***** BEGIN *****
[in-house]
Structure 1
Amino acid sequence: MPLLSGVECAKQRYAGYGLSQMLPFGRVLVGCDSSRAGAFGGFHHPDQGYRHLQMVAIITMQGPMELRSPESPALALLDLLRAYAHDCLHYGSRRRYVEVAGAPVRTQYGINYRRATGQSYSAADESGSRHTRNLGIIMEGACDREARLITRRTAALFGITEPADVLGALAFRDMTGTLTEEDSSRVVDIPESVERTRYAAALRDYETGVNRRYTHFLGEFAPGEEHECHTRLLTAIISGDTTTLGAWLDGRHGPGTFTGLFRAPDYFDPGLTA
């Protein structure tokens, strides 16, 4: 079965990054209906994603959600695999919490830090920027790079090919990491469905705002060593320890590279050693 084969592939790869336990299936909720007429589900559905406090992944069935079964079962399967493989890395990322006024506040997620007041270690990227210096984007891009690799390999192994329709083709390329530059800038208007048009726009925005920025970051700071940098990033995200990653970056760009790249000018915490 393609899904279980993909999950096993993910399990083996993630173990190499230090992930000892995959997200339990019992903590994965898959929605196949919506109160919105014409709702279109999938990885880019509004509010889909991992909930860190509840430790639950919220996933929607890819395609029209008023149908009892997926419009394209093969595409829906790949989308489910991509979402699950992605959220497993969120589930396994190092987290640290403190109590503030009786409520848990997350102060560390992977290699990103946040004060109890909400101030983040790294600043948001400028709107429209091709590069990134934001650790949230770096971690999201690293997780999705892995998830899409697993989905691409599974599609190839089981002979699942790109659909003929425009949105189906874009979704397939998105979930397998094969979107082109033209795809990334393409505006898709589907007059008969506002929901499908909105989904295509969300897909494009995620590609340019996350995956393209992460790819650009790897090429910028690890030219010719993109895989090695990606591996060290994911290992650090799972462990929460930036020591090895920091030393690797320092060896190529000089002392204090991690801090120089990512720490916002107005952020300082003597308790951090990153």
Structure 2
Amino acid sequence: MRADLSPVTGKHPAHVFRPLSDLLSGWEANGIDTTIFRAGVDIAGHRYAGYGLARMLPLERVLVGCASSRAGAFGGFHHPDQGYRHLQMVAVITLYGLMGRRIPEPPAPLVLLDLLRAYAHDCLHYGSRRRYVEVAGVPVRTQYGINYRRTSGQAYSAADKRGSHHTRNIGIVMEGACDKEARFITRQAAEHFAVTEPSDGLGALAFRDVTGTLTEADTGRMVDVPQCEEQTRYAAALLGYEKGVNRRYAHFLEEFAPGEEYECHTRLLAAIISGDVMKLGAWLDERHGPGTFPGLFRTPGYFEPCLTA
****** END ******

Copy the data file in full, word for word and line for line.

[in-house]
Structure 1
Amino acid sequence: MPLLSGVECAKQRYAGYGLSQMLPFGRVLVGCDSSRAGAFGGFHHPDQGYRHLQMVAIITMQGPMELRSPESPALALLDLLRAYAHDCLHYGSRRRYVEVAGAPVRTQYGINYRRATGQSYSAADESGSRHTRNLGIIMEGACDREARLITRRTAALFGITEPADVLGALAFRDMTGTLTEEDSSRVVDIPESVERTRYAAALRDYETGVNRRYTHFLGEFAPGEEHECHTRLLTAIISGDTTTLGAWLDGRHGPGTFTGLFRAPDYFDPGLTA
């Protein structure tokens, strides 16, 4: 079965990054209906994603959600695999919490830090920027790079090919990491469905705002060593320890590279050693 084969592939790869336990299936909720007429589900559905406090992944069935079964079962399967493989890395990322006024506040997620007041270690990227210096984007891009690799390999192994329709083709390329530059800038208007048009726009925005920025970051700071940098990033995200990653970056760009790249000018915490 393609899904279980993909999950096993993910399990083996993630173990190499230090992930000892995959997200339990019992903590994965898959929605196949919506109160919105014409709702279109999938990885880019509004509010889909991992909930860190509840430790639950919220996933929607890819395609029209008023149908009892997926419009394209093969595409829906790949989308489910991509979402699950992605959220497993969120589930396994190092987290640290403190109590503030009786409520848990997350102060560390992977290699990103946040004060109890909400101030983040790294600043948001400028709107429209091709590069990134934001650790949230770096971690999201690293997780999705892995998830899409697993989905691409599974599609190839089981002979699942790109659909003929425009949105189906874009979704397939998105979930397998094969979107082109033209795809990334393409505006898709589907007059008969506002929901499908909105989904295509969300897909494009995620590609340019996350995956393209992460790819650009790897090429910028690890030219010719993109895989090695990606591996060290994911290992650090799972462990929460930036020591090895920091030393690797320092060896190529000089002392204090991690801090120089990512720490916002107005952020300082003597308790951090990153």
Structure 2
Amino acid sequence: MRADLSPVTGKHPAHVFRPLSDLLSGWEANGIDTTIFRAGVDIAGHRYAGYGLARMLPLERVLVGCASSRAGAFGGFHHPDQGYRHLQMVAVITLYGLMGRRIPEPPAPLVLLDLLRAYAHDCLHYGSRRRYVEVAGVPVRTQYGINYRRTSGQAYSAADKRGSHHTRNIGIVMEGACDKEARFITRQAAEHFAVTEPSDGLGALAFRDVTGTLTEADTGRMVDVPQCEEQTRYAAALLGYEKGVNRRYAHFLEEFAPGEEYECHTRLLAAIISGDVMKLGAWLDERHGPGTFPGLFRTPGYFEPCLTA